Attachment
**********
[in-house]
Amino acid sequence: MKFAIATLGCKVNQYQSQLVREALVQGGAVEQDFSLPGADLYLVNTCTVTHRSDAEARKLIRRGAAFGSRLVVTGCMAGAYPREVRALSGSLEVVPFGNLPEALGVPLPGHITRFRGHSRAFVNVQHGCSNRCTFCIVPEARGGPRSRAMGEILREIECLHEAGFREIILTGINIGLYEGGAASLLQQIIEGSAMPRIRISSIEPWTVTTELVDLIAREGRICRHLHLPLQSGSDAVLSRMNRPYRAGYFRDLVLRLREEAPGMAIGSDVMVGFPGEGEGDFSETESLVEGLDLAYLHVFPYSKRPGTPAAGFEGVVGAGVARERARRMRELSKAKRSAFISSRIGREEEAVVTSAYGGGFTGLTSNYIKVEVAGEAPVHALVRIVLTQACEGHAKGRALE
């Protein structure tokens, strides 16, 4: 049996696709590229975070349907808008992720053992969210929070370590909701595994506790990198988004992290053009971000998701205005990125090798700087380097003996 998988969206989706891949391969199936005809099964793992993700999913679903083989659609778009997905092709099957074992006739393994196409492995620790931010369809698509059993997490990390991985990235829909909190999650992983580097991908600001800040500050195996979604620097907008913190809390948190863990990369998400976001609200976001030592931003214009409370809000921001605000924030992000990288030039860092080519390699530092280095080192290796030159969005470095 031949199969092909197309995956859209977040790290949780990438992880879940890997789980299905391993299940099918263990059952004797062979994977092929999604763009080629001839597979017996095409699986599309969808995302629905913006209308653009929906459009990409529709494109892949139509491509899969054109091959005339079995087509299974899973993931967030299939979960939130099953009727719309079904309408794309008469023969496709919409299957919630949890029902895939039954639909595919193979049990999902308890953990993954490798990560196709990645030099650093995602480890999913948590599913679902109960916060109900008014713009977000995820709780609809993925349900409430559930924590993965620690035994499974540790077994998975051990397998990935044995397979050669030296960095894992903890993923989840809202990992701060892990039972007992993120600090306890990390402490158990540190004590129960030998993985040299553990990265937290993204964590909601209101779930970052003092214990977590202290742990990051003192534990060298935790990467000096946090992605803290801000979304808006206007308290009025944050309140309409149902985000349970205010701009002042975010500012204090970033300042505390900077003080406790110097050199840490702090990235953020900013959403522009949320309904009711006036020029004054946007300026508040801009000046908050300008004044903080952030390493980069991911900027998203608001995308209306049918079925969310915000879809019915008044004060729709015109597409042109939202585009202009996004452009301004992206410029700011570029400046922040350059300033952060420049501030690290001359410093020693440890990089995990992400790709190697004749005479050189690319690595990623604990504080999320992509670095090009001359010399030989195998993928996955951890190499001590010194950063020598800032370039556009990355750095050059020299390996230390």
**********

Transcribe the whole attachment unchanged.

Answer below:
[in-house]
Amino acid sequence: MKFAIATLGCKVNQYQSQLVREALVQGGAVEQDFSLPGADLYLVNTCTVTHRSDAEARKLIRRGAAFGSRLVVTGCMAGAYPREVRALSGSLEVVPFGNLPEALGVPLPGHITRFRGHSRAFVNVQHGCSNRCTFCIVPEARGGPRSRAMGEILREIECLHEAGFREIILTGINIGLYEGGAASLLQQIIEGSAMPRIRISSIEPWTVTTELVDLIAREGRICRHLHLPLQSGSDAVLSRMNRPYRAGYFRDLVLRLREEAPGMAIGSDVMVGFPGEGEGDFSETESLVEGLDLAYLHVFPYSKRPGTPAAGFEGVVGAGVARERARRMRELSKAKRSAFISSRIGREEEAVVTSAYGGGFTGLTSNYIKVEVAGEAPVHALVRIVLTQACEGHAKGRALE
């Protein structure tokens, strides 16, 4: 049996696709590229975070349907808008992720053992969210929070370590909701595994506790990198988004992290053009971000998701205005990125090798700087380097003996 998988969206989706891949391969199936005809099964793992993700999913679903083989659609778009997905092709099957074992006739393994196409492995620790931010369809698509059993997490990390991985990235829909909190999650992983580097991908600001800040500050195996979604620097907008913190809390948190863990990369998400976001609200976001030592931003214009409370809000921001605000924030992000990288030039860092080519390699530092280095080192290796030159969005470095 031949199969092909197309995956859209977040790290949780990438992880879940890997789980299905391993299940099918263990059952004797062979994977092929999604763009080629001839597979017996095409699986599309969808995302629905913006209308653009929906459009990409529709494109892949139509491509899969054109091959005339079995087509299974899973993931967030299939979960939130099953009727719309079904309408794309008469023969496709919409299957919630949890029902895939039954639909595919193979049990999902308890953990993954490798990560196709990645030099650093995602480890999913948590599913679902109960916060109900008014713009977000995820709780609809993925349900409430559930924590993965620690035994499974540790077994998975051990397998990935044995397979050669030296960095894992903890993923989840809202990992701060892990039972007992993120600090306890990390402490158990540190004590129960030998993985040299553990990265937290993204964590909601209101779930970052003092214990977590202290742990990051003192534990060298935790990467000096946090992605803290801000979304808006206007308290009025944050309140309409149902985000349970205010701009002042975010500012204090970033300042505390900077003080406790110097050199840490702090990235953020900013959403522009949320309904009711006036020029004054946007300026508040801009000046908050300008004044903080952030390493980069991911900027998203608001995308209306049918079925969310915000879809019915008044004060729709015109597409042109939202585009202009996004452009301004992206410029700011570029400046922040350059300033952060420049501030690290001359410093020693440890990089995990992400790709190697004749005479050189690319690595990623604990504080999320992509670095090009001359010399030989195998993928996955951890190499001590010194950063020598800032370039556009990355750095050059020299390996230390």